Being afraid of failure, however, often stops us from innovation and learning new things and essentially can stall our careers. Embracing failure does not mean we should just fail on purpose so we can learn but find new ways of thinking and dealing with failure when that occurs.


Focus on certain failure 

So what are some of the techniques to try if you are stuck in failure dodging and would rather daydream about success? I would encourage you to actually do the opposite and imagine that you have already failed. Imagine all the things that would happen: what would your colleagues say at work? What would prospective employees say when they looked at your resume and knew about your failed start up? What would your peers say if your paper and idea got the worst reviews?

Now, go to that place and start working backwards. What did you not consider? What options did you not look for? Were you so stuck in focusing on what your problem is that you missed opportunities to think differently?

This is an actual approach to decision-making and risk identification by Gary Klein. He claims that by accepting massive total future failure, people actually start being more creative about why something like that happened, and have a better chance to identify risks and opportunities to prevent the failure from actually happening. It’s another way of embracing failure and learning at the same time.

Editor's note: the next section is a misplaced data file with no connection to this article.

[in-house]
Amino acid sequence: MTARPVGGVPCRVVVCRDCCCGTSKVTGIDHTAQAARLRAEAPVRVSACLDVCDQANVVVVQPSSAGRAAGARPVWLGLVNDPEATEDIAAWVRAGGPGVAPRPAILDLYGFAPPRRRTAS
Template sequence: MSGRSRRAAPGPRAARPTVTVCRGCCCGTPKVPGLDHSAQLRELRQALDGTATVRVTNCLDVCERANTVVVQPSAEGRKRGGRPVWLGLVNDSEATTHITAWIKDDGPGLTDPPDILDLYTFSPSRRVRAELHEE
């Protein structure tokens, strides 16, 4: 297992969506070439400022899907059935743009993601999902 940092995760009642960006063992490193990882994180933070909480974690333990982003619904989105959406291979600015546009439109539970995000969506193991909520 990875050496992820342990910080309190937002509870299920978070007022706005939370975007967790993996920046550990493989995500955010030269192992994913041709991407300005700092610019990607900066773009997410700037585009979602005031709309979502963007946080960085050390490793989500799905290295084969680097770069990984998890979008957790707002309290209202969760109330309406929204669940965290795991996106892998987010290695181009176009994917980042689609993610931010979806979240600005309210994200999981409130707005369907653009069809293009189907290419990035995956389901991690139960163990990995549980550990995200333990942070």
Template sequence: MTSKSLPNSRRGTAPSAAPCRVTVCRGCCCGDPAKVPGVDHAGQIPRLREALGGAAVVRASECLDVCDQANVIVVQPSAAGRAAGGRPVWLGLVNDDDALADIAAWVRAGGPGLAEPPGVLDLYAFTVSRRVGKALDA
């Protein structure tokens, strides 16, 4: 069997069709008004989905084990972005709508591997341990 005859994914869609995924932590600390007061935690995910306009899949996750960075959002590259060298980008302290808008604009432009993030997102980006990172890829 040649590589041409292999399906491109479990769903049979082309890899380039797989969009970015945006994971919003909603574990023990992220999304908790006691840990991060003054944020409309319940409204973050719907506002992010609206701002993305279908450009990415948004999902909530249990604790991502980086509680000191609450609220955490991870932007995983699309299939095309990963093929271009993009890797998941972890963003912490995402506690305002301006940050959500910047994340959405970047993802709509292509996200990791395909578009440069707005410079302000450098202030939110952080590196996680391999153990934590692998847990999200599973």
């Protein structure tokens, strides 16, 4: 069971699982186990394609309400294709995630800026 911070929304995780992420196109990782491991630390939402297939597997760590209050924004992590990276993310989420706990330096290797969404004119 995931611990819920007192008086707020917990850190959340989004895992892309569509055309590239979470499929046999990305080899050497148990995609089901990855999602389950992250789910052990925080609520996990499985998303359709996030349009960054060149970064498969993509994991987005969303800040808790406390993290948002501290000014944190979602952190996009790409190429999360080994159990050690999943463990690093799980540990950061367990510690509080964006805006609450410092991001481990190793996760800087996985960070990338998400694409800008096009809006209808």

In the end, dealing with failure is about practicing critical reflection: why we react to something like we do. By truly understanding our core motivations and feelings, we can also better embrace failure as a new opportunity and a new challenge.

This of course does not apply to every kind of failure and not for everyone. Some things are too heavy for anyone to deal with alone. The talk about “failure as an opportunity” can also become depressing in those cases where things are just too complicated.

Btw, turns out that Gary Klein is really into something significant with his idea of imagining failure. A recent study at Stanford has developed a new tool, brain-machine interface, that can track the way a brain prepares for an event. By rehearsing a certain activity before actually doing it could increase the rate of success.

I would encourage you to see where this fear of failure, or “failure dodging” is showing up in your life. Is there something at work that you have thought you should try (new method, new way of communication, new skill) but you are holding back for fear of failure? Do you have ideas for scientific papers or research that you are afraid might get harshly judged in the peer review process?  A sport you’d like to try but have put off because you don’t know how to do it yet?

These are pretty simple questions but I think embracing everyday failures and learning from that is essential. But perhaps most of all, it’s about self compassion: not expecting ourselves to be perfect, and practicing the Growth Mindset: I can’t… yet.